On a recent busy visit to Kenya, John and Margaret Cooper visited a number of locations where there is competition for land and where wildlife – and local people – may suffer as an outcome.
One of these was particularly noteworthy. This was a short, 48-hour, trip to Maasailand, a few kilometres outside Kajiado, where the Coopers stayed on a farm with American friends who have lived in Kenya since the 1960s . The location is beautiful, with breath-taking views from the hills across apparently untouched Maasailand savannah, from the Athi Plains in the north to the Tanzanian border in the south. Cattle, sheep and goats co-exist with humans and wildlife although, in the drought conditions being experienced when the Coopers were there earlier this year, gazelles and other species were often not immediately visible.
The Coopers survey the terrain from the top of their hosts’ four-wheel drive vehicle
Maasailand is named after the Maasai who live in Kenya and Tanzania along the border of the two countries. They speak Maa, a Nilotic ethnic language and despite western cultural influences have largely clung to their traditional way of life, including nomadism and, generally, a respect for wildlife.
Kenya Maasailand is not, however, as peaceful or unchanged as it appears. In recent years it has changed rapidly from what was once an ecosystem teeming with diverse resident and migrating wildlife to a region that faces diverse problems. In particular, there are major changes in the use of the land as a result of approaching urbanisation and population growth. To the north of Kajiado near to Nairobi, individuals and companies have purchased land that was once a critical habitat for animals and an important area for grazing by nomadic people. The situation has been exacerbated by the construction of new roads and the erection in some places of fences. The new railway line, being built by the Chinese, presents a fresh challenge, as do plans to establish a wind farm near to a nesting site of vultures – birds that are already declining drastically in Africa.
So what is the actual impact of this “development” on wildlife?
Zebra manage to look plump and to feed, even in very dry areas
The main effect on large mammals has been much reduced access to pasture and drinking water. Animals’ traditional migratory pathways have been blocked completely or in part by fences, roads and buildings. For instance, zebra and wildebeest are now severely hampered in their attempts to move between Nairobi National Park (their dry season range) and the Athi-Kaputiei Plains (their wet season breeding and feeding grounds).
Recently published surveys of the Kajiado region have indicated significant declines in numbers of large mammals in recent years. Between 1977 and 2014 the number of Thomson’s gazelles declined by over 70%, impala by more than 86% and Grant’s gazelle, hartebeest, eland and giraffe by at least 64%. Wildebeest have been the most adversely affected, with a drop in actual numbers of animals from almost 30,000 in 1978 to around 509 in 2014. Only a few elephants survive.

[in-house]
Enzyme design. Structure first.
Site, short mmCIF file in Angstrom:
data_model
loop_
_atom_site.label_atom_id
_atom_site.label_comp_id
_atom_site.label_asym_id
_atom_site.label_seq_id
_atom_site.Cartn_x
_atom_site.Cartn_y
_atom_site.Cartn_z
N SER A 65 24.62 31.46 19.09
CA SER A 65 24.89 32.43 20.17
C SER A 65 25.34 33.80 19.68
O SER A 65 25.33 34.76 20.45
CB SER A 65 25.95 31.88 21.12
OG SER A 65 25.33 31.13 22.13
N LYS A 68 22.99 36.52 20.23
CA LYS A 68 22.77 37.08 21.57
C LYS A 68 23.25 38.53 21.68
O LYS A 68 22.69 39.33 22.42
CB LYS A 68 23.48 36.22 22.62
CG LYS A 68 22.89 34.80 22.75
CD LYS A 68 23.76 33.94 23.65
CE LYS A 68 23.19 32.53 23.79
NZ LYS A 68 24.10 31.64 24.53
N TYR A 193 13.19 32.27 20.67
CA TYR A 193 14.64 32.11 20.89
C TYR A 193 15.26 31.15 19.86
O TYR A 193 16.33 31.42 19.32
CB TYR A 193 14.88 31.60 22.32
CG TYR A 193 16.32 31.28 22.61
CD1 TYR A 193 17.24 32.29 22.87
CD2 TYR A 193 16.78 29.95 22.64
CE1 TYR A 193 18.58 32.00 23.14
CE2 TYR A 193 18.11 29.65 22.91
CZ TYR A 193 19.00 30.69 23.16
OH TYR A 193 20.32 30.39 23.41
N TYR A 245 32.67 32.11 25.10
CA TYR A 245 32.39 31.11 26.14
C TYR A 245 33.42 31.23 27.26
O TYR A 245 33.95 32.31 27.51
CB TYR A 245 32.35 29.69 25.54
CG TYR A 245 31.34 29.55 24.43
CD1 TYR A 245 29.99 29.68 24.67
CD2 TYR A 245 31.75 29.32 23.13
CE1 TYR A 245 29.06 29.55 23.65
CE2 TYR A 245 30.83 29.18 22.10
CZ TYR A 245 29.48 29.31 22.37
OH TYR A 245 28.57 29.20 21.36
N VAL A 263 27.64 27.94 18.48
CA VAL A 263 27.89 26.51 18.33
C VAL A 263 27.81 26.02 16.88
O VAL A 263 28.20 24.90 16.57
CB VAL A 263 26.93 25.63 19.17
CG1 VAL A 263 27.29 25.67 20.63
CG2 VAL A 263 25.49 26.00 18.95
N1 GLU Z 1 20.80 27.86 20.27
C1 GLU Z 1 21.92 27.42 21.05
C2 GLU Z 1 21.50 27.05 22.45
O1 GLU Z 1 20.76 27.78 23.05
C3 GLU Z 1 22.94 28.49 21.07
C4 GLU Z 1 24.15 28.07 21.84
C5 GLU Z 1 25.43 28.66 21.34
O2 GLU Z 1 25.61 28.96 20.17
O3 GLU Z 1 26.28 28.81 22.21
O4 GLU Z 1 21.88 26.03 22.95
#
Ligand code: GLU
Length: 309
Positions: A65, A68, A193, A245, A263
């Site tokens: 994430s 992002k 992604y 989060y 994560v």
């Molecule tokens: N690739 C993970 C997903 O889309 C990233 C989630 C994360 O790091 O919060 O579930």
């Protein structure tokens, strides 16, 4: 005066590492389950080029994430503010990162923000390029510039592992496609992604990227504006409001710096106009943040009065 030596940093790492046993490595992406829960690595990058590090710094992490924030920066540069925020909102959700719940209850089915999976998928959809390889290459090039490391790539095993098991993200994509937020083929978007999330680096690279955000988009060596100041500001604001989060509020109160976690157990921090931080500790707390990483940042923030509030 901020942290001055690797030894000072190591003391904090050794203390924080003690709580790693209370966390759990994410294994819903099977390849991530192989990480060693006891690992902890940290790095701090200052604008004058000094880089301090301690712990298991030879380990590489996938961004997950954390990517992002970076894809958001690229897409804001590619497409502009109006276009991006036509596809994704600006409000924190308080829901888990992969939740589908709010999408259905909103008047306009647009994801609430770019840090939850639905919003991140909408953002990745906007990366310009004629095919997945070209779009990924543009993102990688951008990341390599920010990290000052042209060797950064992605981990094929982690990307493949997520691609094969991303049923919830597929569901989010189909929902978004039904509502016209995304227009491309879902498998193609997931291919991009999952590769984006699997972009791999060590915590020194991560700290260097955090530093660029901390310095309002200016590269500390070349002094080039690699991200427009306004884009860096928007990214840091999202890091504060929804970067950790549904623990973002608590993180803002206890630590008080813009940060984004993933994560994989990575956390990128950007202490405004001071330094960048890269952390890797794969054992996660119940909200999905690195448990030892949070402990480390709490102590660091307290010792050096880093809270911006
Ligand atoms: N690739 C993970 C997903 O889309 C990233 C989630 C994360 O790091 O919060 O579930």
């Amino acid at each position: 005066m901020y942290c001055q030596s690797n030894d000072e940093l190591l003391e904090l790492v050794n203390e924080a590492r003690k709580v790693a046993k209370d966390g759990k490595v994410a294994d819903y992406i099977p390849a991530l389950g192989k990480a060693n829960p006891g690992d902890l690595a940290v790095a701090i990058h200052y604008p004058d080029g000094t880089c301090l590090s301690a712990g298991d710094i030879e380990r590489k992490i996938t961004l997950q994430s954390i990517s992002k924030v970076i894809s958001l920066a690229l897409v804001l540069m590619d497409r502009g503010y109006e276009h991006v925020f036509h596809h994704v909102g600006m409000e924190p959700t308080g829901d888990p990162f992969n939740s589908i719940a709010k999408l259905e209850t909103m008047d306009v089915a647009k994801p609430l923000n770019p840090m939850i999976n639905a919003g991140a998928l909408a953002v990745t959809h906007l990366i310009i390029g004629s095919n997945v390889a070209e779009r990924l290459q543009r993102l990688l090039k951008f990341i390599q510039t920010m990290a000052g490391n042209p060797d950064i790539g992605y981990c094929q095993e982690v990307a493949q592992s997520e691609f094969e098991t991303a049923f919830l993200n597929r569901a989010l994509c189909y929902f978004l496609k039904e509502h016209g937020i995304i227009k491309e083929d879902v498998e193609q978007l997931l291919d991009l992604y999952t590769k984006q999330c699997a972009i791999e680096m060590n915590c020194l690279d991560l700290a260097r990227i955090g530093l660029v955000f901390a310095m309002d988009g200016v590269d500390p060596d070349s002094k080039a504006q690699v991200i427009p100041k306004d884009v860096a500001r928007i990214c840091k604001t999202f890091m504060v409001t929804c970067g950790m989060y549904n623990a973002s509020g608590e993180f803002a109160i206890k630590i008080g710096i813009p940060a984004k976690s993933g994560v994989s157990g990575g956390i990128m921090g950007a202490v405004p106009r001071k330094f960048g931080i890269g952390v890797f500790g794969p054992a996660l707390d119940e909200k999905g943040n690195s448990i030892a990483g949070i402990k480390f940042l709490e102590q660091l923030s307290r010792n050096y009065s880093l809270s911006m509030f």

Inevitably, poachers who hunt wildlife for bushmeat have capitalised on the situation. There are numerous reports of widespread illegal killing of wildlife, especially of wildebeest.
While these wild animal populations decline, attacks on livestock (cattle, sheep, goats) by hungry lions and other carnivores are increasing. As a result these carnivores too are facing persecution by farmers. They are also liable to be killed by fast traffic on the newly renovated road to Namanga and Tanzania.
Wildlife are, increasingly, killed on the roads. This is a rare striped hyaena
Maasailand remains a stunning landscape in which one can relax and quickly forget the busy world elsewhere. It is still of great significance in terms of biodiversity, geography and anthropology. However, it now faces problems that need to be resolved if it is to retain such a status and reputation and if the Maasai people are to be allowed to adhere to some, at least, of their traditional practices. The pressures in Kenya of overpopulation, social unrest and corruption are now, alas, making their mark on “the cradle of mankind”.
Many of Maxwell’s Knight’s fears and forebodings five decades ago are beginning to be realised – not just in the fields and hedgerows of England but also in the tropical bush of East Africa.
“……. no one in his right senses could even begin to think of anything so terrible and fantastic as the virtual disappearance of living things from the face of the earth or the ocean deeps”
Maxwell Knight. The Frightened Face of Nature
By John (JEC) and Margaret Cooper (MEC) – the Coopers
Photographs courtesy of Margaret Cooper
JEC/MEC April 2017